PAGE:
Listen to your ‘No-man’.
A good executive must possess excellent, expeditious, problem-solving and decision-making skills. From time to time, he or she may find themselves seeking a weigh-in from their executive committee on an issue. As the top dog, they are surrounded by yes-men. Just as a really good EA should have the guts to tell their exec in the most discreet of settings that they just might need to consider a different opinion, you need one or two lieutenants that are capable of doing the same.
Hire the best people.
You’ve heard the saying, ‘Hitch your wagon to a star’ by Ralph Waldo Emerson. I’ll assume your wagon is bigger than Emerson’s. It is the very secure and smart CEO who knows that he can’t be good at doing everything and makes a conscious effort to add several stars to his hitch to form a galaxy of them. You might need to utilize a search firm to find the right stars for your galaxy. And if your Board won’t cough up the money to buy that star outright, get creative and be persistent. Every candidate, ‘actively seeking’ or not, loves to feel wanted. If you’ve built a good company, you won’t want the candidate that wants to come over because of price alone (I’ve seen many an expensive guy fail at delivery). You’ll want the candidate that understands what you’re trying to build, wants to come over and make his mark and knows that he’ll be rewarded for it down the road (he’ll want that in writing of course). The best people are not always the most expensive ones.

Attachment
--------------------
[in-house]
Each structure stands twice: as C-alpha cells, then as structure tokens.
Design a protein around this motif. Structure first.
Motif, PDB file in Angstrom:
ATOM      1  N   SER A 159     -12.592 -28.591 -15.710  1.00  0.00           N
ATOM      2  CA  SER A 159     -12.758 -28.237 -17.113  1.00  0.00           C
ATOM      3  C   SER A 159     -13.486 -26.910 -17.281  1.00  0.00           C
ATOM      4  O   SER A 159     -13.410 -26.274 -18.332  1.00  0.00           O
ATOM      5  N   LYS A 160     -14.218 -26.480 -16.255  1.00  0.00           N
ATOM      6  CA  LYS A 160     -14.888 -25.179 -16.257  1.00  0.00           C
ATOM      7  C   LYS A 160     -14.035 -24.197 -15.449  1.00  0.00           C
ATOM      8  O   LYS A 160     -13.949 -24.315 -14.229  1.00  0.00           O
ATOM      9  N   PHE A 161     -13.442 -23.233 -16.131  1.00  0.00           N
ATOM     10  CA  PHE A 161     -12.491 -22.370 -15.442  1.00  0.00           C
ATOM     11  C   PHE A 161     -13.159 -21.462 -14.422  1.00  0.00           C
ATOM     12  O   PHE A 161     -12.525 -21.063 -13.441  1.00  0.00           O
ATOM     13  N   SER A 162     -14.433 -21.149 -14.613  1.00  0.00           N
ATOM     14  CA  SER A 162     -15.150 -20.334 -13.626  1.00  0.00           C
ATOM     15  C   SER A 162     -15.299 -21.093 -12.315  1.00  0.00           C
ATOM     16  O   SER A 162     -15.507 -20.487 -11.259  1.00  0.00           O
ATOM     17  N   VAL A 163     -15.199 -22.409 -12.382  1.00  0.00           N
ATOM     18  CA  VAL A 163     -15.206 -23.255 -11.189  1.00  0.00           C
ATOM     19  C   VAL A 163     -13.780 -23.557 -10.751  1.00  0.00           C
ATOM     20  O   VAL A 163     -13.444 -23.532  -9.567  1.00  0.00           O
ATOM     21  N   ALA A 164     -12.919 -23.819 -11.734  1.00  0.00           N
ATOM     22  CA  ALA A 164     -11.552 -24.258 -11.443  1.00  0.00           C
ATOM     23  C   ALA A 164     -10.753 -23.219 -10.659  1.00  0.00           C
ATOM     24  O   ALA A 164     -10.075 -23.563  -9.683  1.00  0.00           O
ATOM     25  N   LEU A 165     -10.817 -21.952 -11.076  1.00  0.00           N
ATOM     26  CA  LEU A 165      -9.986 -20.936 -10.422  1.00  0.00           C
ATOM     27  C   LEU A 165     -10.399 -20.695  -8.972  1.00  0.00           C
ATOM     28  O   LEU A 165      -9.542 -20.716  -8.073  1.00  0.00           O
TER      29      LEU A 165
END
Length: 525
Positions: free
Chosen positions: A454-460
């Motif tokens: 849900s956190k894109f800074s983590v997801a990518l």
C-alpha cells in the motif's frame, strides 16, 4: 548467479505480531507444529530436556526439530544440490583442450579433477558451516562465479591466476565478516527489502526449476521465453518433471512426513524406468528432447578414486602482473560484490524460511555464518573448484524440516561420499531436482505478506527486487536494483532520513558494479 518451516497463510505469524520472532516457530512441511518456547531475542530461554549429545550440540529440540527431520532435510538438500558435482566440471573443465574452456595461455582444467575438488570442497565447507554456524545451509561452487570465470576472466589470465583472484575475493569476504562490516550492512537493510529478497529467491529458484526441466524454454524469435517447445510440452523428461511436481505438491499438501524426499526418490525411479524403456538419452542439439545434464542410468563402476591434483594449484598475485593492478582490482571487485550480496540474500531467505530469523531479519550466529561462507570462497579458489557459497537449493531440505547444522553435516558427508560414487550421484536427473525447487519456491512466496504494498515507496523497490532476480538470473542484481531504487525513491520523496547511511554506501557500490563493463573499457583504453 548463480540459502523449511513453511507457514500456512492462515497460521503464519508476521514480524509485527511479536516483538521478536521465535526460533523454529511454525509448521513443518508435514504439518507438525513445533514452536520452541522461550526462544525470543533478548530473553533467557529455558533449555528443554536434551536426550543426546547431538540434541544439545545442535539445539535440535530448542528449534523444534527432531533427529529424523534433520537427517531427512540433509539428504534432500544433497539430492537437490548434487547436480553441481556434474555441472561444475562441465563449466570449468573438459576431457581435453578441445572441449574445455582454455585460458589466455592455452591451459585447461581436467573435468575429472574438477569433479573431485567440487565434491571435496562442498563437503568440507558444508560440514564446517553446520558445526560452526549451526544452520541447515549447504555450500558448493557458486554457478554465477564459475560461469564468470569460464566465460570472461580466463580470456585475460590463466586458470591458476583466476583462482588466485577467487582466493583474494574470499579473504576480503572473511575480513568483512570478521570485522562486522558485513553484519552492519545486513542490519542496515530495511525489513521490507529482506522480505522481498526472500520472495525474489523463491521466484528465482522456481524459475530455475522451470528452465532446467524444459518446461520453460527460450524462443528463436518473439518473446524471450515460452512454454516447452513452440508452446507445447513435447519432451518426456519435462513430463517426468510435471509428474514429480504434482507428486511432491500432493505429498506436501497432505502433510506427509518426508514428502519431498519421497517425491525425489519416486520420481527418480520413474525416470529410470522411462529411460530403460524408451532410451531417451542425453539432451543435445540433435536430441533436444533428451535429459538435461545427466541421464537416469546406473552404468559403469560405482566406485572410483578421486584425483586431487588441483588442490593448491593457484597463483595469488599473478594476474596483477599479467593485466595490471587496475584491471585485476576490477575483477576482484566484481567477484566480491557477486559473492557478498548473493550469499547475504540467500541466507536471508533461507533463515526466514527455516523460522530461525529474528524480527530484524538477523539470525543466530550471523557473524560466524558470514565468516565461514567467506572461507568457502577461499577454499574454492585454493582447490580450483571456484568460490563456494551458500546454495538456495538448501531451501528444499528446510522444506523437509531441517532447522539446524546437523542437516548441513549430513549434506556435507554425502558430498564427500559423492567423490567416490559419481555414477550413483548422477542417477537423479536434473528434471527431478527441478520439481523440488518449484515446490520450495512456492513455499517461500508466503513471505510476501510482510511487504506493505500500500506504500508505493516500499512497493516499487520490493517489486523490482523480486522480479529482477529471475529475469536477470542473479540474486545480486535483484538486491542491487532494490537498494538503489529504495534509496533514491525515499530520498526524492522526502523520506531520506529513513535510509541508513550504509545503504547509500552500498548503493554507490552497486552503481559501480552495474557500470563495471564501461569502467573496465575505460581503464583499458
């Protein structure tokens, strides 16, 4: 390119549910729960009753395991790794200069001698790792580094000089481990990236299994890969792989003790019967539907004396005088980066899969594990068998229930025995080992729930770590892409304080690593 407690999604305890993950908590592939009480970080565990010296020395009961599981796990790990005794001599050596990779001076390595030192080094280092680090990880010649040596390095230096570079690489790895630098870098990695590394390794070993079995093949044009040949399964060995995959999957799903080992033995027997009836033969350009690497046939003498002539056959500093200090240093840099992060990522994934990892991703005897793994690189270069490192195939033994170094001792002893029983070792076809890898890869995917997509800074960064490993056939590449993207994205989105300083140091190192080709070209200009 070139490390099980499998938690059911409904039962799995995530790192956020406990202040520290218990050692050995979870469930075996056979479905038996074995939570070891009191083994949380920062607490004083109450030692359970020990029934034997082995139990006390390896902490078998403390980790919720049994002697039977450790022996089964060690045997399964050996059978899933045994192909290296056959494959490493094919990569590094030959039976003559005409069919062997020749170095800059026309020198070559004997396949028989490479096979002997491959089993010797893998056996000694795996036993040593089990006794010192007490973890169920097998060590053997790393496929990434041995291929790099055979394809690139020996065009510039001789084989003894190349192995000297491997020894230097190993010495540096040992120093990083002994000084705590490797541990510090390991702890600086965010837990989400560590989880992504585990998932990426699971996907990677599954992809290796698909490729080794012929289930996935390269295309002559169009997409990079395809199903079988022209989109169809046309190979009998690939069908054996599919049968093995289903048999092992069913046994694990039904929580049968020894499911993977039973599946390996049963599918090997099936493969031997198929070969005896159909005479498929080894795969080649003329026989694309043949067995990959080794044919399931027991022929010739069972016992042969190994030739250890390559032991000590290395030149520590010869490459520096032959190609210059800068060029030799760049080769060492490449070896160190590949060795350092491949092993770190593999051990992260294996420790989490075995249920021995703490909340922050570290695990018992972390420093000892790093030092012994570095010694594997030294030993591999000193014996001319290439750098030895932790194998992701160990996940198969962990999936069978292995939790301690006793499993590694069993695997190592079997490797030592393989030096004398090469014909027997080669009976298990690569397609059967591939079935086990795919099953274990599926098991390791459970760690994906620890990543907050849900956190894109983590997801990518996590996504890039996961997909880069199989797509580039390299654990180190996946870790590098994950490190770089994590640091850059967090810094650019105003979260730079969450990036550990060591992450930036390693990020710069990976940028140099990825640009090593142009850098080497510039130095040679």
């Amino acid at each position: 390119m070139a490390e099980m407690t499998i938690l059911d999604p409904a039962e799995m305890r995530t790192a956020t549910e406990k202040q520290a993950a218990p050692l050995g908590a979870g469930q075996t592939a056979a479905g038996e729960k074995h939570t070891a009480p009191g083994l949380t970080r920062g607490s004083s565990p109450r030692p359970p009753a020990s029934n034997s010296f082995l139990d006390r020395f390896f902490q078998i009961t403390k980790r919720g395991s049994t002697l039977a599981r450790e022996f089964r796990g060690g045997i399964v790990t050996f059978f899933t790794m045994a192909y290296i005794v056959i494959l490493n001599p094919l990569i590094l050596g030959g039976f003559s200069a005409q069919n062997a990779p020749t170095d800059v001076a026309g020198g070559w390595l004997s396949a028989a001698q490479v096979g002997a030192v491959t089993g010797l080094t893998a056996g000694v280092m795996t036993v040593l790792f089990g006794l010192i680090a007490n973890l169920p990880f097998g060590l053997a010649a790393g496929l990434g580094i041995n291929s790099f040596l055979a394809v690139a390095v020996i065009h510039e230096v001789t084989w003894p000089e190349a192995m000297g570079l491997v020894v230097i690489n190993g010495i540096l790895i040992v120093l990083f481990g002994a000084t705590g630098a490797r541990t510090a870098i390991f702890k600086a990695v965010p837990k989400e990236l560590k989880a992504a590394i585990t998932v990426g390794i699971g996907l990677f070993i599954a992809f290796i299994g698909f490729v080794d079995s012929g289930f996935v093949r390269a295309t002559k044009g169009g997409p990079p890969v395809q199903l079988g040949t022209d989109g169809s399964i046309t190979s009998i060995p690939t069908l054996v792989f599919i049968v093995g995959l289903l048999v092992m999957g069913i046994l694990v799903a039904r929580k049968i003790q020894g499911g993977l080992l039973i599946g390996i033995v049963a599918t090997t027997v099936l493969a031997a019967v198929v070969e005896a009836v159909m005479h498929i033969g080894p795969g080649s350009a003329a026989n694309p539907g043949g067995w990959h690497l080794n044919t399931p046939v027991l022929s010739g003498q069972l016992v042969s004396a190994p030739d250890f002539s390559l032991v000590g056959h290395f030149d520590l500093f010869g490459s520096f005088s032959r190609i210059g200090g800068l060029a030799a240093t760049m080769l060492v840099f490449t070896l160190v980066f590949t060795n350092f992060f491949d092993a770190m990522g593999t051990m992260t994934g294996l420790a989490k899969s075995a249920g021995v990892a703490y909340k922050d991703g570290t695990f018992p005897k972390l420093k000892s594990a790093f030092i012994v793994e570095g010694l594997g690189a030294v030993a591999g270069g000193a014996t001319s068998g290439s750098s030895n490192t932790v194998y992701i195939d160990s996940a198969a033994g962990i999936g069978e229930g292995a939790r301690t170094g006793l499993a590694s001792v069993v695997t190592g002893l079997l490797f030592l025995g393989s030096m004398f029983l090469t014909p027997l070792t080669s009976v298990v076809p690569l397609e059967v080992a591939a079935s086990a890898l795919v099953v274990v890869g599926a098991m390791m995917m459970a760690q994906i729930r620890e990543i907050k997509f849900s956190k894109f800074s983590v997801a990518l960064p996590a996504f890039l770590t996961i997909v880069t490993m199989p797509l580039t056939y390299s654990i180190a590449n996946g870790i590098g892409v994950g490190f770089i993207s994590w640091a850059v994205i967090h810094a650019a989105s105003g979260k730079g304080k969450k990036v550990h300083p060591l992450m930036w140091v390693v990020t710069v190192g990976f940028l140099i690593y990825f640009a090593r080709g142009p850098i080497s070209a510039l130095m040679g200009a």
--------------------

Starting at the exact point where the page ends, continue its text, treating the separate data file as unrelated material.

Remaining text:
Have a strong right arm